The University of Oklahoma continually adds gender-neutral restrooms to their campus to accommodate students who may require use of a less excessively gendered bathroom. (Students that fit under this umbrella may identify as non-heterosexual). As of February 2014, the university had 13 unisex bathrooms.[46] Recently, the university has vowed to include a gender neutral bathroom in all new buildings to be constructed.

In the United Kingdom, all-gender restrooms are sometimes found on university campuses. In early 2013, Brighton and Hove city council introduced unisex toilets, which did not feature the words 'men/gentlemen' or 'women/ladies' (as is traditional), but instead used 'universal symbols'. Other British universities including Bradford Union, Sussex and Manchester, have already or are in the process of building unisex facilities.[10]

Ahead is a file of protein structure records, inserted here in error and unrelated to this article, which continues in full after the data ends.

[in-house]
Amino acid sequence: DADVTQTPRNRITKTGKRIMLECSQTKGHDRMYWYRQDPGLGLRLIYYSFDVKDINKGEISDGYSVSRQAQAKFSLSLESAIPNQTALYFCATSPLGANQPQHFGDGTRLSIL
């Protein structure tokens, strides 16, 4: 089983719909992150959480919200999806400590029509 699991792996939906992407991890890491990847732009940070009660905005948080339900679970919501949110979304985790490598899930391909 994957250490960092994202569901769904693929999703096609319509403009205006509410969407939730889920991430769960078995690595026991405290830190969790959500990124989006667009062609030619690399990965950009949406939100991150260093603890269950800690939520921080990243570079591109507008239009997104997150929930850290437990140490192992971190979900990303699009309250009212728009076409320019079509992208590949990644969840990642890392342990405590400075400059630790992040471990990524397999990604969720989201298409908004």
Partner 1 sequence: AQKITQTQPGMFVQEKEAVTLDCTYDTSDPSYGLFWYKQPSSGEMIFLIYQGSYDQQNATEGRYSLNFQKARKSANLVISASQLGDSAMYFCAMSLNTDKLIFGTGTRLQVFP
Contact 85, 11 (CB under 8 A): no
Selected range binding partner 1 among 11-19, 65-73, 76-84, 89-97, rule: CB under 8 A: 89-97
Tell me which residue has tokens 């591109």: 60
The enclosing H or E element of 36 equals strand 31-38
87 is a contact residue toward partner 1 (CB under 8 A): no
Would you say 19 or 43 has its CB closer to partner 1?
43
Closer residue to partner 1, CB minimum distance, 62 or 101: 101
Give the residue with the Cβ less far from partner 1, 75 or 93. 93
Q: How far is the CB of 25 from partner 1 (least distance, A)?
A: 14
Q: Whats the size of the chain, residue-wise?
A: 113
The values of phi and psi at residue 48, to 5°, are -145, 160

References[edit]